This small landlocked Himalayan Kingdom to the east of Nepal is becoming increasingly popular as a destination for those wanting a unique experience, with majestic mountains, cliff top monasteries, rare wildlife and traditional Buddhist culture. It is the only country in the world that measures ‘gross national happiness’.
The following information provides some broad and general guidelines about health risks and recommendations for travel to Bhutan. This should not be taken as a substitute for a personal consultation with one of our travel health doctors, whose advice will be specific for you and your trip and may include issues not mentioned here.
Most Common Health Issues
Travellers’ Diarrhoea, Giardia and Dysentery
Observe strict food and water safety precautions. Talk to us and your tour operator about water safety options and plans. Take well stocked kit with guidelines for treatment and seek medical advice/evacuation for persistent or severe illness..
Differentiating between viral (colds or flu) and bacterial infections can be tricky, the latter requiring antibiotic treatment. Flu vaccination is highly advisable as well as pneumonia vaccination for those at risk. A well-stocked kit, including the antibiotic azithromycin with instructions on appropriate usage is advisable.
Altitude Sickness and Trekking Issues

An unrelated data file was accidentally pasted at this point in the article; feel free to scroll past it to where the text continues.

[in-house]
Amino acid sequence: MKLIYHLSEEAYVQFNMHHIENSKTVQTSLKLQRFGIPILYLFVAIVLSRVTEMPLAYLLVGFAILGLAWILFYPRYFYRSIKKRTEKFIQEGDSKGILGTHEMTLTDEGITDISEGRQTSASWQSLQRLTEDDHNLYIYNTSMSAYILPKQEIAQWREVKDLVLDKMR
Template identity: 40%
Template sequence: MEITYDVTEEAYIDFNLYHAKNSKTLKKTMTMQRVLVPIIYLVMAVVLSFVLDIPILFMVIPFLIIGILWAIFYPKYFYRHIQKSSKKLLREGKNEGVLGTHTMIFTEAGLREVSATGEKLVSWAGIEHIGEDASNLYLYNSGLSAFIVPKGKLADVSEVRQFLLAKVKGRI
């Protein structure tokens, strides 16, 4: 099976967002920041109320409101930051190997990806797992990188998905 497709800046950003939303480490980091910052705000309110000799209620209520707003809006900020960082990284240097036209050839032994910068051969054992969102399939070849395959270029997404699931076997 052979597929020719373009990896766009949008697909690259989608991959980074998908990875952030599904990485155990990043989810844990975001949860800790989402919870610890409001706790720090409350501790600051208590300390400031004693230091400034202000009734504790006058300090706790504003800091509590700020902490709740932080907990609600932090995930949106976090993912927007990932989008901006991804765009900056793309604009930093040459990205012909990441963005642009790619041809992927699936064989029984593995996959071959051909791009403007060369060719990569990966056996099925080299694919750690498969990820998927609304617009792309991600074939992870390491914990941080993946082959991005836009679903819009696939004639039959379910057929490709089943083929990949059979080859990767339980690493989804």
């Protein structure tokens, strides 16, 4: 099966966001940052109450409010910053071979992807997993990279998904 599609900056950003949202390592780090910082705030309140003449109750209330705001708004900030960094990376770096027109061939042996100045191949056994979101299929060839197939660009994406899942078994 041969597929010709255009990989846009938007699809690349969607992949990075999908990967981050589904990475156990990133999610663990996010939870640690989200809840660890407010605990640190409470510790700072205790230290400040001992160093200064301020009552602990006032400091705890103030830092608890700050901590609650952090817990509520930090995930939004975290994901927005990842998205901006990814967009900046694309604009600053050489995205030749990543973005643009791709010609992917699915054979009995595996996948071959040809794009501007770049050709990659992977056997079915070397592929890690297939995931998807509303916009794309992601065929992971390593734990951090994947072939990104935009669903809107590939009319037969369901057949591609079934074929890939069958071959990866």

Those going above 2500m need to be informed about the risks and the prevention and treatment of altitude sickness, which range from inconvenient mild symptoms to more severe forms affecting the lungs and brain. Certain trekking itineraries (rapid ascent) pose higher risk and some individuals are more prone than others. The medication Acetazolamide (Diamox) is often recommended to reduce severity of symptoms. Travellers should ensure they are fully fit for the rigours of long uphill and downhill walks. Nothing beats training walking up and down hills at home. Walking boots or shoes should be well worn in. Trekking pole greatly reduce stress on knees. Dress in layers that can be easily removed and in suitable modern synthetic trekking fabrics.
Animal Bites and Scratches
Rabies occurs in Bhutan. Highest risk is from dog bites. Consider pre-travel vaccination well before travel. Thoroughly flush/disinfect animal wounds and seek prompt medical care.
As well as being up to date for routine childhood vaccines such as tetanus, measles and hepatitis B, the following vaccines are often recommended –influenza, hepatitis A, typhoid, rabies. Japanese encephalitis is rarely a risk for tourists. Decisions regarding which are most appropriate depend on duration and nature of travel, itinerary, age and underlying medical conditions.